A long time ago, before restaurant menus started boasting brine in every appetizer, before the food world fell mouth-over-heels for pickles (and before Portlandia made fun of us for it), Travis Grillo had a crazy idea.
In 2008, the founder of the now-ubiquitous Boston-based pickle company had just endured a rather involved interview process for a job at Nike when the pickle idea came to him. Nike narrowed it down to just two candidates, and when they chose an inside guy, Travis gave the corporate world the proverbial middle finger and decided to start selling pickles out of the back of a wooden cart built by his cousin Eric.
But they weren’t just any pickles. The stuff Travis was so adamant about sharing with the masses was his grandpa’s recipe, passed down through his dad, and it was special. Not intended for long storage, these spears aren’t overwhelmed by heavy flavor-killing vinegar—they are fresh, balanced, and impossible to stop eating.
“We didn’t wanna just taste the vinegar,” Travis said, explaining how his family would eat their grandpa’s pickles just days after he made them. A lot of the fodder for those pickles came from the Grillo family garden in Connecticut, so it was important that the Grillo’s Pickles of today taste like they came from real vegetables, too.
Travis had never made pickles before 2008, but he’d watched his family make them for decades and the motions quickly became second nature as he churned out batch after batch in his Allston basement. Friends at the Brookline Liquor Mart offered up storage space for his goods, but it wasn’t long before Travis’s antics around Boston (hocking his wares in a giant pickle suit at Fenway, for one) got the word out about Grillo’s and the company had to seek larger storage for their pickle arsenal.
Now, folks who follow food trends could speculate for hours about what makes a tiny idea become a booming success. Insanely delicious pickles aside, we can’t talk about Grillo’s Pickles without talking about the simple, pervasive, and ingenious branding behind the company. It started with a logo that snackers the world over could identify with.
“My mom’s a beach fanatic, so I wanted a pickle in a lawn chair,” Travis explained about their signature chilled-out little dude. Their brick-and-mortar location just outside Inman Square is decked out in more pickle swag than we knew existed (and we consider ourselves fairly well-versed in superfluous pickle accessories). Pickle potato chips, pickle-scented chapstick, pickle breath mints & veggie-flavored candy line the counter, and there are Grillo’s logos emblazoned on retro spectator shoes, skateboards, and straw summer hats, too. Did I mention fridge magnets? Oh, and giant inflatable pickles. None of this even goes into the extensive line of t-shirts and hoodies on offer here, many of which were designed by Travis himself.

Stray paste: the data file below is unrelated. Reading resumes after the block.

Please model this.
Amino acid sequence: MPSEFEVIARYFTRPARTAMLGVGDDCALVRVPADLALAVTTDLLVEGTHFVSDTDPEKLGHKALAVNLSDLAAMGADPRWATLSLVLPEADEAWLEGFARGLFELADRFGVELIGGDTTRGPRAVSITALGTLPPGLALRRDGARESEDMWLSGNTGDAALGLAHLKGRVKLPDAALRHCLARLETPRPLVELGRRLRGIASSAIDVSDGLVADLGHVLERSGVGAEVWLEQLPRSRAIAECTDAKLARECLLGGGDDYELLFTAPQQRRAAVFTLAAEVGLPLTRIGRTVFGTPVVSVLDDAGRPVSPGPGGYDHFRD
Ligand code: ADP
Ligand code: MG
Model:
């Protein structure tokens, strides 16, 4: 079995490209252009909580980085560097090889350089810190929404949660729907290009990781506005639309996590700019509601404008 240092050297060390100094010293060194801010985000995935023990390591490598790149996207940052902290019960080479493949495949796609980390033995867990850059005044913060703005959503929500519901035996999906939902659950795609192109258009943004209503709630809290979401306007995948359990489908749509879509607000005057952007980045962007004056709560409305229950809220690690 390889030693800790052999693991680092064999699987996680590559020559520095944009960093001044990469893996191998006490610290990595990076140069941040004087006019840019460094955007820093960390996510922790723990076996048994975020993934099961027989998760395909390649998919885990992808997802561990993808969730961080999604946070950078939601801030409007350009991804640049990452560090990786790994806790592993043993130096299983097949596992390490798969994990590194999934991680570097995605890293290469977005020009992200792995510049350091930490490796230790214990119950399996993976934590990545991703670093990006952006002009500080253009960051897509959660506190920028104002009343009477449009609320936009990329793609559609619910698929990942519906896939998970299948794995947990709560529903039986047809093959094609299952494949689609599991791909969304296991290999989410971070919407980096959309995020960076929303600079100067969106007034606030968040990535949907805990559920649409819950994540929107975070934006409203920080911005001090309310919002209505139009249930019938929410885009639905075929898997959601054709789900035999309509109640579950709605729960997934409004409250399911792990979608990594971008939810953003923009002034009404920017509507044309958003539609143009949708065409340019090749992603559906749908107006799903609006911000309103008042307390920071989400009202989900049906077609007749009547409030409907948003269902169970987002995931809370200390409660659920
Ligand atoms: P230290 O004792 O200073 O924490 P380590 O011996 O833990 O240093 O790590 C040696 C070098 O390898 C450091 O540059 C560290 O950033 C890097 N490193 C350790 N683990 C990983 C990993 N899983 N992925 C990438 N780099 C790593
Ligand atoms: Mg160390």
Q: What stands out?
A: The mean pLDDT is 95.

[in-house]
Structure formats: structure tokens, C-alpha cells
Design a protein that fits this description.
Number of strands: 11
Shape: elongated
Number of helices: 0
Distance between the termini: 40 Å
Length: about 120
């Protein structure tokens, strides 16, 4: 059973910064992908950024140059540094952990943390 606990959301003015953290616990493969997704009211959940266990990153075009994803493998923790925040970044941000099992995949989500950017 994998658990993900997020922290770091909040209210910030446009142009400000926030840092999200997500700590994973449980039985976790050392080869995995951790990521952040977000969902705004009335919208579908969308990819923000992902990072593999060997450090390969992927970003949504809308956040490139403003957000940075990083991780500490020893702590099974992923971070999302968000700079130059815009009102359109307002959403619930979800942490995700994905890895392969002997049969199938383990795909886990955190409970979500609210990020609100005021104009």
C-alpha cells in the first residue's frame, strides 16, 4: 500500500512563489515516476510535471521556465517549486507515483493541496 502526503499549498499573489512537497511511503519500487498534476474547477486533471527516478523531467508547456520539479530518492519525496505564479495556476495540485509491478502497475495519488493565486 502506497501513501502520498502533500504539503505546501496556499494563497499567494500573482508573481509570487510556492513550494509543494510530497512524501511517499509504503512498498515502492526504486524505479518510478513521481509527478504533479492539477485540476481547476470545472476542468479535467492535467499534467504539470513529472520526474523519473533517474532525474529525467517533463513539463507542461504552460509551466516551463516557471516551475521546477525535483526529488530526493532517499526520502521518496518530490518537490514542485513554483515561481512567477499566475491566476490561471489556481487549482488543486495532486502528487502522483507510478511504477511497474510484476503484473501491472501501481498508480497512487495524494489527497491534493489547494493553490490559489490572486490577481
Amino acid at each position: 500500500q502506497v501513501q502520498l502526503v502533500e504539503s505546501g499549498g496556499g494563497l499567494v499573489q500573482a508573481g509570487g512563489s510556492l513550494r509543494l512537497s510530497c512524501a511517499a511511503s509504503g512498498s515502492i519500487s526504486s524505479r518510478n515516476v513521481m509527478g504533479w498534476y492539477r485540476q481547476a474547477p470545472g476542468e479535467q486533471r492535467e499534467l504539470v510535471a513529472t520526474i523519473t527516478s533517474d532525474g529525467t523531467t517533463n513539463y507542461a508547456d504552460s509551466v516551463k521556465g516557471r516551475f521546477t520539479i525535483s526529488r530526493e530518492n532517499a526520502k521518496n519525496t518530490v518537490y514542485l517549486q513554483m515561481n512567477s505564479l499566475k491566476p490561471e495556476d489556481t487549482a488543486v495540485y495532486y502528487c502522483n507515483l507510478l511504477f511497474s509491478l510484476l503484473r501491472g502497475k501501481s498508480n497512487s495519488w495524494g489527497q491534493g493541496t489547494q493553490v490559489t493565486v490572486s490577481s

You probably see our point by now—this guy knows how to brand. And it’s this style of be-yourself marketing that has kept things fun for him and the friends who helped him out along the way.
“I’ve been able to grow the company the way I wanted to make it,” Travis explained, “that’s why we’ve grown, everybody’s happy.” This collective mentality is, according to Travis, a big part of the Grillo’s success. Another major part of the growth they’ve experienced is experimentation.
When we decided to start carrying Grillo’s at AP, the product we were most smitten with was their pickled mint grapes. Yes, you’re reading that right—a red grape, pickled and flavored with fresh mint leaves that is sweet, crisp, and stupid-perfect on a charcuterie board. We’re also carrying their pickled green tomatoes, and look forward to trying out some of their other briney varieties—pickled fennel, castelvetrano olives, and spears with pickled hops floating at the bottom from their current collection, and a citrus ginger blood orange pickle they’re still developing. The trial and error process of chef-ing these ideas out isn’t always dreamy—Travis recalled a misadventure with some mangoes—but this tendency to keep pushing boundaries has kept the company interesting in a world now over-saturated with the Next Big Pickled Thing.
Grillo’s expansion has brought them to pickle-lovers as far south as Florida and as far west as Mississippi. And in Boston, their growth has earned them a resident spot beside Clover Food Lab’s Cambridge Street location, a space originally intended as a short pop-up stint for rotating artists and producers. They set up shop there in 2012, and show no signs of leaving soon (at least, as far as we can judge from the green and white paint job and the TVs Travis had built into the wall, which show a Karma Loop cartoon of dad & grandpa Grillo gardening, pickling veggies, and just generally coolin’).
Travis’s phone has been lighting up throughout our chat, so we eventually wrap up to let him return to pickle business. “I’m running a company now,” he remarked about the changes in his life since starting Grillo’s (which included having a kid a few years back). “I still sometimes want to just ride my bike to the Commons. I used to wake up, bike there, come home, make pickles, then do it all over again the next day.”
But even if the flights to business meetings across the country take a toll on him, Travis still gets to experience the best part of his early pickle-cart days.
“When I see someone try the pickles for the first time and like them,” he said, a smile creeping into his eyes, “that—that never gets old.”
You can get your Grillo’s Pickles fix at AP any time! We carry their Original and Hot Pickles, as well as their Pickled Mint Grapes & Pickled Green Tomatoes (the latter of which are conveniently sliced crosswise for perfect burger application).
You can also visit Travis’s storefront in Cambridge at 1075 Cambridge Street or try to catch the cart at SoWa & other markets around town!